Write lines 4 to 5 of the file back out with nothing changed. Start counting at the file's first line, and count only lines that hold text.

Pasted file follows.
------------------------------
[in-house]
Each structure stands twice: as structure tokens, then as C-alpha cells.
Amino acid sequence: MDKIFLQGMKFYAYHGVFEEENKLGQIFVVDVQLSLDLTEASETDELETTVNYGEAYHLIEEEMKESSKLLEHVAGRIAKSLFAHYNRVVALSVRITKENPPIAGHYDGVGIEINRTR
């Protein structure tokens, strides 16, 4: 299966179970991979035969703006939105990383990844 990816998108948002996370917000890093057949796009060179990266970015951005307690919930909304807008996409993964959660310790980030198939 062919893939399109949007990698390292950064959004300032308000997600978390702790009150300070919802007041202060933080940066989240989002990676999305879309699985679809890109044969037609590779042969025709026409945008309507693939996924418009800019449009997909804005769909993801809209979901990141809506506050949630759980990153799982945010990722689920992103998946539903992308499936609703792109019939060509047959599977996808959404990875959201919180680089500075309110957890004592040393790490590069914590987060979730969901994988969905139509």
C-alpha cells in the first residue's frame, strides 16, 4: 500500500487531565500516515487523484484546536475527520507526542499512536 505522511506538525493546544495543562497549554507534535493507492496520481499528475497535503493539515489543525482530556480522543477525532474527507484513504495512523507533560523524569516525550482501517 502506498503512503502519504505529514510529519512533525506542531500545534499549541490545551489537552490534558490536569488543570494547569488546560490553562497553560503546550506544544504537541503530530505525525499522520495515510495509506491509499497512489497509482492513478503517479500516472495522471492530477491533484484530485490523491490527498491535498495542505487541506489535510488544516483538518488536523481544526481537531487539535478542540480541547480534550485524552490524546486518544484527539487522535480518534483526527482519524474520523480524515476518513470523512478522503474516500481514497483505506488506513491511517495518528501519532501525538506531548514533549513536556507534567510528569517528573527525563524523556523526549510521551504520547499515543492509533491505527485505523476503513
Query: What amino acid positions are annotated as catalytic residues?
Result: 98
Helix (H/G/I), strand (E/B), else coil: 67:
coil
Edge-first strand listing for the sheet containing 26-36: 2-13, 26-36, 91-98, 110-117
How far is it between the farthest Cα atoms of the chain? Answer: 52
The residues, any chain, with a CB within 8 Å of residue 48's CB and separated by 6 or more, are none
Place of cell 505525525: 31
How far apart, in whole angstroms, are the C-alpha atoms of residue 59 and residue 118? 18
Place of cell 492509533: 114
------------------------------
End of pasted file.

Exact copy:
């Protein structure tokens, strides 16, 4: 299966179970991979035969703006939105990383990844 990816998108948002996370917000890093057949796009060179990266970015951005307690919930909304807008996409993964959660310790980030198939 062919893939399109949007990698390292950064959004300032308000997600978390702790009150300070919802007041202060933080940066989240989002990676999305879309699985679809890109044969037609590779042969025709026409945008309507693939996924418009800019449009997909804005769909993801809209979901990141809506506050949630759980990153799982945010990722689920992103998946539903992308499936609703792109019939060509047959599977996808959404990875959201919180680089500075309110957890004592040393790490590069914590987060979730969901994988969905139509």
C-alpha cells in the first residue's frame, strides 16, 4: 500500500487531565500516515487523484484546536475527520507526542499512536 505522511506538525493546544495543562497549554507534535493507492496520481499528475497535503493539515489543525482530556480522543477525532474527507484513504495512523507533560523524569516525550482501517 502506498503512503502519504505529514510529519512533525506542531500545534499549541490545551489537552490534558490536569488543570494547569488546560490553562497553560503546550506544544504537541503530530505525525499522520495515510495509506491509499497512489497509482492513478503517479500516472495522471492530477491533484484530485490523491490527498491535498495542505487541506489535510488544516483538518488536523481544526481537531487539535478542540480541547480534550485524552490524546486518544484527539487522535480518534483526527482519524474520523480524515476518513470523512478522503474516500481514497483505506488506513491511517495518528501519532501525538506531548514533549513536556507534567510528569517528573527525563524523556523526549510521551504520547499515543492509533491505527485505523476503513